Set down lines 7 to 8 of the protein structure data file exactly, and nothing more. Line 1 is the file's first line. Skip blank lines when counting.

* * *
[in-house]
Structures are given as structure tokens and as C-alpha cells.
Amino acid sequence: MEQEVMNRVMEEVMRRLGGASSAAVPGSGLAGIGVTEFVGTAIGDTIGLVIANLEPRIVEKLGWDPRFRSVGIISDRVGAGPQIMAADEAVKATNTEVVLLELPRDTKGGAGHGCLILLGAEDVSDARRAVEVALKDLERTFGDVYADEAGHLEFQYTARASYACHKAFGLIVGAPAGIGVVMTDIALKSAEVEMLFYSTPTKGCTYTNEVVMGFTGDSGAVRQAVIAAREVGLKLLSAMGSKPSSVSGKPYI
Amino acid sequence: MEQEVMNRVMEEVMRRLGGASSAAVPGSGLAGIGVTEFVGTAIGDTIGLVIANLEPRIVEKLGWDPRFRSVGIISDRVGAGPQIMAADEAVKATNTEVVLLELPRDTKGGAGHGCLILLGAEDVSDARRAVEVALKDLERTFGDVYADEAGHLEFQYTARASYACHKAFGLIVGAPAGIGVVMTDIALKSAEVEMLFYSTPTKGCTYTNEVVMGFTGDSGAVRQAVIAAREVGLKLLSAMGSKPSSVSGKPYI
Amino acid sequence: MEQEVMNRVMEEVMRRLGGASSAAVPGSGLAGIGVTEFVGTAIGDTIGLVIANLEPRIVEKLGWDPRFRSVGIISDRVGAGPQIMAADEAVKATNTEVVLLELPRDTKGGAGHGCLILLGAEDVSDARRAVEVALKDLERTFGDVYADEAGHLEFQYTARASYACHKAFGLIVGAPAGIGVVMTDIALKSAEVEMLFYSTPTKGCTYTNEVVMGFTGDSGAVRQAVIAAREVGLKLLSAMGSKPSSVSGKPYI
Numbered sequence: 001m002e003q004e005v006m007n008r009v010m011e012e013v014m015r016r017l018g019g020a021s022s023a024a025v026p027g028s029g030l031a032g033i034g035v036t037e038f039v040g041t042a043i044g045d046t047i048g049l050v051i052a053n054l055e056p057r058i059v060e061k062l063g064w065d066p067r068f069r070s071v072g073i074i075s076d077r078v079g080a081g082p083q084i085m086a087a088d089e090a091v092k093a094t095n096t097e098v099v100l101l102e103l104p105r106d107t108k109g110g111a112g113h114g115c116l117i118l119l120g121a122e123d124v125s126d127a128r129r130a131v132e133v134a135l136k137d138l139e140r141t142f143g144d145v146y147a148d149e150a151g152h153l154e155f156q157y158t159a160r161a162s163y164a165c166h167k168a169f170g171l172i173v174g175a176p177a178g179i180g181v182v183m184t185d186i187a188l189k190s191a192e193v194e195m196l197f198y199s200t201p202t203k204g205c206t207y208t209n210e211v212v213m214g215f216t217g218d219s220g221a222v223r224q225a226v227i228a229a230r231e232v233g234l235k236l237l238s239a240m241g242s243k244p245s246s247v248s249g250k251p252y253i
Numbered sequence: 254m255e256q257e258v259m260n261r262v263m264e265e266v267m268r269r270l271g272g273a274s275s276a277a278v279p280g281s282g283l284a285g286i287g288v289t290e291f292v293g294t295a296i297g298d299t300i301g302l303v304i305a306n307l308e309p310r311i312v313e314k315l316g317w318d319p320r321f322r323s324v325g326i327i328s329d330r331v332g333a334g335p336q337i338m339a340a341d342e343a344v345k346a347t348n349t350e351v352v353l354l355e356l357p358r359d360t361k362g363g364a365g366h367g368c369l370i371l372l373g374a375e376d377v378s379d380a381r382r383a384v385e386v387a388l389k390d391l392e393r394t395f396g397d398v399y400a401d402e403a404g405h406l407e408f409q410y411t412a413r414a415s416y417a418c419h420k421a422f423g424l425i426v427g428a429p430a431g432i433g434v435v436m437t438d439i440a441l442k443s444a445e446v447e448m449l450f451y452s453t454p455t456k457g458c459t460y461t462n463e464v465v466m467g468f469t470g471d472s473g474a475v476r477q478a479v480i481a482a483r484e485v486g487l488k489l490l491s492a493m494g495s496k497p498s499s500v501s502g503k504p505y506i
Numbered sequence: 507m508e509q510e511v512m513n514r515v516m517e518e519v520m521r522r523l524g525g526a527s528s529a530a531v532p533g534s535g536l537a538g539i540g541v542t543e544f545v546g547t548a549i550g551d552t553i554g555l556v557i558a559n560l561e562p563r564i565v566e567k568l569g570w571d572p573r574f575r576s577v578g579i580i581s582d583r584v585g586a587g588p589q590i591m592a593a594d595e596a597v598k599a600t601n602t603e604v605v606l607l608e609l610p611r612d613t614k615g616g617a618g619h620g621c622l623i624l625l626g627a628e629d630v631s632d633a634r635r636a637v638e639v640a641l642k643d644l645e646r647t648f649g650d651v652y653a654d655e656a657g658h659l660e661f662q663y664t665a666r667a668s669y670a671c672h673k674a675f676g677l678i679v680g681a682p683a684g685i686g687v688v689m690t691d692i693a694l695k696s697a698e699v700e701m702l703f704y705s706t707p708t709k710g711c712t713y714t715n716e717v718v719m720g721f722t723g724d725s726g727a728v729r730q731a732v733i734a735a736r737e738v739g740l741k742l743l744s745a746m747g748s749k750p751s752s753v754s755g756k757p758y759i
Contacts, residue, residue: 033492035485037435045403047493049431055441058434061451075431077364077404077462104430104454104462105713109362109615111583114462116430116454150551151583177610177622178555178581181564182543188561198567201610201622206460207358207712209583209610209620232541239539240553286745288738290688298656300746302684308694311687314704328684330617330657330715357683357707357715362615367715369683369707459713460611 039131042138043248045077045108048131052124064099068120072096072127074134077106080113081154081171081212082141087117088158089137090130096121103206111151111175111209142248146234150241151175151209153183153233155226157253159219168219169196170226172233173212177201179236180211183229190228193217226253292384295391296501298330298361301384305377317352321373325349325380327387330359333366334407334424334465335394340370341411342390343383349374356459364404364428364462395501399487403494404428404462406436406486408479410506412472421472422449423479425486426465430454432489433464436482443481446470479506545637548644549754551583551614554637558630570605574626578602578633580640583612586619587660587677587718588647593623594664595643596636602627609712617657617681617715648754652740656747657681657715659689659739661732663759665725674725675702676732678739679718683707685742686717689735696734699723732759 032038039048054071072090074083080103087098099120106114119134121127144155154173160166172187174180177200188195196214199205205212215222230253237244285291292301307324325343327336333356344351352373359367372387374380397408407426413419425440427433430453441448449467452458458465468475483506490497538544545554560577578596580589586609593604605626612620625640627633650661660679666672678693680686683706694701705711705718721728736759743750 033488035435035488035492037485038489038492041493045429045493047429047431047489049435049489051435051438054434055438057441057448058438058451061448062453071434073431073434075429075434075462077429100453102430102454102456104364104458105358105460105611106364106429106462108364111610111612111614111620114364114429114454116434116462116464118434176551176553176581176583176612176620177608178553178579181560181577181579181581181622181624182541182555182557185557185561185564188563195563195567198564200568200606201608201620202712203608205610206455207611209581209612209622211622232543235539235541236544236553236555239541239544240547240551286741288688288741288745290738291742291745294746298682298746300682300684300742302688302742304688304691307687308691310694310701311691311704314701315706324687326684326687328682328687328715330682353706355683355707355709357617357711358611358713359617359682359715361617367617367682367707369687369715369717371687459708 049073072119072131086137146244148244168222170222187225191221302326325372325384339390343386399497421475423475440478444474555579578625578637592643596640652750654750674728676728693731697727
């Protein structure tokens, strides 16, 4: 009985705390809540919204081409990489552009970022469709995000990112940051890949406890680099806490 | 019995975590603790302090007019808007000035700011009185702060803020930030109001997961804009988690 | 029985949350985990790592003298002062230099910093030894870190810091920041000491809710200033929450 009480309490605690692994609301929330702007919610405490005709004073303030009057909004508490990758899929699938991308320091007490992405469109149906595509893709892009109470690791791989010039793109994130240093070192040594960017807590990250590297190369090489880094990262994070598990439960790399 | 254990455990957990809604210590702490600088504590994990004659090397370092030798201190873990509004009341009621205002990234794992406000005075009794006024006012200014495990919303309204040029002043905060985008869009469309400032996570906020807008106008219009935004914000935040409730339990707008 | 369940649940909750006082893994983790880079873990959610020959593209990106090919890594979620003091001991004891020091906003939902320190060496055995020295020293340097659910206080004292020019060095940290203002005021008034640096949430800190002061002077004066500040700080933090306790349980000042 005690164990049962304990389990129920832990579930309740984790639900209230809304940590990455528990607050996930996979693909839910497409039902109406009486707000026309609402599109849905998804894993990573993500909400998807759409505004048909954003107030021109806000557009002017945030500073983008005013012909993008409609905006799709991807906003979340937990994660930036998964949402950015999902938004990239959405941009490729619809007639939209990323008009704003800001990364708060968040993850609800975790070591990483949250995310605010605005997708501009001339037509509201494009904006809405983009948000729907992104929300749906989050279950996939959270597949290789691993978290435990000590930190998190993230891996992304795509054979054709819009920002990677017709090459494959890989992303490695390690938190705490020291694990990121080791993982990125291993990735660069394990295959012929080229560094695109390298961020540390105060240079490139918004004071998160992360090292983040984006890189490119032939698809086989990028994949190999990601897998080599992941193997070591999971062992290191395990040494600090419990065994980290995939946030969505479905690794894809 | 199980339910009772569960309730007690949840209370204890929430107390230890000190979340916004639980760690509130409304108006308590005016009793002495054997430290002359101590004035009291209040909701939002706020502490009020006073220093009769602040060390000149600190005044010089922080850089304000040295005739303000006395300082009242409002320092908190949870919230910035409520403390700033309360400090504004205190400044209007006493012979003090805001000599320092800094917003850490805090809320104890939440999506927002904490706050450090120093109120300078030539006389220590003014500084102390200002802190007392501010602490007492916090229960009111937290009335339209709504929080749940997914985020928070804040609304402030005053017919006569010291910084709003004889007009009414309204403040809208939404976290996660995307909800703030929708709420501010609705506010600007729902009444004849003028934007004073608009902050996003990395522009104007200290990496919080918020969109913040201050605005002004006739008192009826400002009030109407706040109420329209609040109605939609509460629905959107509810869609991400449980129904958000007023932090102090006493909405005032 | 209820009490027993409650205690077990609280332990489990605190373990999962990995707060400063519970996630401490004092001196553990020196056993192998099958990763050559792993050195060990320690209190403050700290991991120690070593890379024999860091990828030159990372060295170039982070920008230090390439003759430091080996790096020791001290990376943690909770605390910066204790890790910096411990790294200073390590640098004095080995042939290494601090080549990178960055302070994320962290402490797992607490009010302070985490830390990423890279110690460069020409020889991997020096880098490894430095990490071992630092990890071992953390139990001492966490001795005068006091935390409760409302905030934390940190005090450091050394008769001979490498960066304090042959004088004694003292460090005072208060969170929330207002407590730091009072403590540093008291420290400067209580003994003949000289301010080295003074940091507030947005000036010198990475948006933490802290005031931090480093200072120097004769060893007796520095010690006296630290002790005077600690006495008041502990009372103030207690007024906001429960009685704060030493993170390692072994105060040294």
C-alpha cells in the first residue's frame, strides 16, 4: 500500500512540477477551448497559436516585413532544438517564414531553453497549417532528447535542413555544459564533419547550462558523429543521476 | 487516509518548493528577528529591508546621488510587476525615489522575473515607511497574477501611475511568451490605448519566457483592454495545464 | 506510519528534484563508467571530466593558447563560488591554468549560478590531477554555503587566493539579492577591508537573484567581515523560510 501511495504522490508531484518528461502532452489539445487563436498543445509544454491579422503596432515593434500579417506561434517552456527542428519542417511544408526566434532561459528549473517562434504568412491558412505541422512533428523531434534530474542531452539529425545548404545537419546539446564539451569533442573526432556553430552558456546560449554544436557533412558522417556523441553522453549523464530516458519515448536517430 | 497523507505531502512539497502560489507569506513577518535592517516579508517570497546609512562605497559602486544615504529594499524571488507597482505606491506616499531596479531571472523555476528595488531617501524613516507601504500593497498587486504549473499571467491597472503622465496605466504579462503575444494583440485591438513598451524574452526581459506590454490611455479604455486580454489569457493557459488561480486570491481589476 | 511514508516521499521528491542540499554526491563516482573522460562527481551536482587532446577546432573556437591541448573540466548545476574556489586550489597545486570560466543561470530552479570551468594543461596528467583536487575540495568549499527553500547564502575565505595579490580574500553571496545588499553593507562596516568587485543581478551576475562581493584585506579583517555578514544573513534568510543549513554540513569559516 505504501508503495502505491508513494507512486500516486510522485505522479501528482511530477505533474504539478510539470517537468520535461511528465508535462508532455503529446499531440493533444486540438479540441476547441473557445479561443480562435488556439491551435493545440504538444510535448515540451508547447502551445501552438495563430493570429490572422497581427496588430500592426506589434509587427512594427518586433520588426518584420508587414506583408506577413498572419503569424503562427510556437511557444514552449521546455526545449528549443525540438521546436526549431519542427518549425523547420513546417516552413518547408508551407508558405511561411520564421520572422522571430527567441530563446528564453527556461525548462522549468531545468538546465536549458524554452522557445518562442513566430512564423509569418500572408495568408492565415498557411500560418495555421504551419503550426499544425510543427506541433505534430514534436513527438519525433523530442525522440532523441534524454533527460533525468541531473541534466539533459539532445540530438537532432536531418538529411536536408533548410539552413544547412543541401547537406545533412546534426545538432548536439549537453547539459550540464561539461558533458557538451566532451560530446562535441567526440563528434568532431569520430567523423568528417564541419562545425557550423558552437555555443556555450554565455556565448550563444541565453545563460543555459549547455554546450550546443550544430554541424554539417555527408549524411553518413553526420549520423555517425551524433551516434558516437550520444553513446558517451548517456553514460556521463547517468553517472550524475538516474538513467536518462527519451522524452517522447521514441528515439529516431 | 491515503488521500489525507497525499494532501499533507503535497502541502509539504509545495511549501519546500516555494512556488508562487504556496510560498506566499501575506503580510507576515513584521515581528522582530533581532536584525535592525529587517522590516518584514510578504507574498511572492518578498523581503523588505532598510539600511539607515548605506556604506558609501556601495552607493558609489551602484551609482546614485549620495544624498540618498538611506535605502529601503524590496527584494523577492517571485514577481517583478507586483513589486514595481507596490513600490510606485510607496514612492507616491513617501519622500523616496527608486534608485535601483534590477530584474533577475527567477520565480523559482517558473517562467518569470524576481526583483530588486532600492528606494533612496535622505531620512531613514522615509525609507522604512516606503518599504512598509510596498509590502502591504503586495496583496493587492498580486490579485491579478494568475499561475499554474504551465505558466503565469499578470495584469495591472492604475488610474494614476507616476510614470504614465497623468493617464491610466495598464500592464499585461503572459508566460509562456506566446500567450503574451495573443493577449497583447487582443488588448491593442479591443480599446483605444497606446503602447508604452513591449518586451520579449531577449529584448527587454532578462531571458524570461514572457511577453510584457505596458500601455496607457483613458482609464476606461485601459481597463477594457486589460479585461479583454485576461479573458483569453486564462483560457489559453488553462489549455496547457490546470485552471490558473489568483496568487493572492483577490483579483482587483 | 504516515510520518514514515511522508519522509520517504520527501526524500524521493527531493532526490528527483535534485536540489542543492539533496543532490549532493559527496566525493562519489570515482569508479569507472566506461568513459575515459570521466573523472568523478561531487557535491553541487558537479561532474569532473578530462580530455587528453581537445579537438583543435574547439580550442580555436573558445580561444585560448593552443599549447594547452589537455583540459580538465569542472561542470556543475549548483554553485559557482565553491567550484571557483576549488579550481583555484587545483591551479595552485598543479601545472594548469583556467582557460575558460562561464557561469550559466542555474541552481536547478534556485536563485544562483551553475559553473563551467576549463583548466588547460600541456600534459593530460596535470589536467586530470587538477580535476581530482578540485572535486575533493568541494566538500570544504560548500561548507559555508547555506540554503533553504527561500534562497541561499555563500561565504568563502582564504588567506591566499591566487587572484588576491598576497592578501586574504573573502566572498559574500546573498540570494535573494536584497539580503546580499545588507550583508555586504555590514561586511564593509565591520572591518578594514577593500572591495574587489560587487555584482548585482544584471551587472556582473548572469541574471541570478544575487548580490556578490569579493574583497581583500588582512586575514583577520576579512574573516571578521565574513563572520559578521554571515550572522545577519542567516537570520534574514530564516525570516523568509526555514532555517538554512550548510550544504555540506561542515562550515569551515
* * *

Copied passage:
Numbered sequence: 254m255e256q257e258v259m260n261r262v263m264e265e266v267m268r269r270l271g272g273a274s275s276a277a278v279p280g281s282g283l284a285g286i287g288v289t290e291f292v293g294t295a296i297g298d299t300i301g302l303v304i305a306n307l308e309p310r311i312v313e314k315l316g317w318d319p320r321f322r323s324v325g326i327i328s329d330r331v332g333a334g335p336q337i338m339a340a341d342e343a344v345k346a347t348n349t350e351v352v353l354l355e356l357p358r359d360t361k362g363g364a365g366h367g368c369l370i371l372l373g374a375e376d377v378s379d380a381r382r383a384v385e386v387a388l389k390d391l392e393r394t395f396g397d398v399y400a401d402e403a404g405h406l407e408f409q410y411t412a413r414a415s416y417a418c419h420k421a422f423g424l425i426v427g428a429p430a431g432i433g434v435v436m437t438d439i440a441l442k443s444a445e446v447e448m449l450f451y452s453t454p455t456k457g458c459t460y461t462n463e464v465v466m467g468f469t470g471d472s473g474a475v476r477q478a479v480i481a482a483r484e485v486g487l488k489l490l491s492a493m494g495s496k497p498s499s500v501s502g503k504p505y506i
Numbered sequence: 507m508e509q510e511v512m513n514r515v516m517e518e519v520m521r522r523l524g525g526a527s528s529a530a531v532p533g534s535g536l537a538g539i540g541v542t543e544f545v546g547t548a549i550g551d552t553i554g555l556v557i558a559n560l561e562p563r564i565v566e567k568l569g570w571d572p573r574f575r576s577v578g579i580i581s582d583r584v585g586a587g588p589q590i591m592a593a594d595e596a597v598k599a600t601n602t603e604v605v606l607l608e609l610p611r612d613t614k615g616g617a618g619h620g621c622l623i624l625l626g627a628e629d630v631s632d633a634r635r636a637v638e639v640a641l642k643d644l645e646r647t648f649g650d651v652y653a654d655e656a657g658h659l660e661f662q663y664t665a666r667a668s669y670a671c672h673k674a675f676g677l678i679v680g681a682p683a684g685i686g687v688v689m690t691d692i693a694l695k696s697a698e699v700e701m702l703f704y705s706t707p708t709k710g711c712t713y714t715n716e717v718v719m720g721f722t723g724d725s726g727a728v729r730q731a732v733i734a735a736r737e738v739g740l741k742l743l744s745a746m747g748s749k750p751s752s753v754s755g756k757p758y759i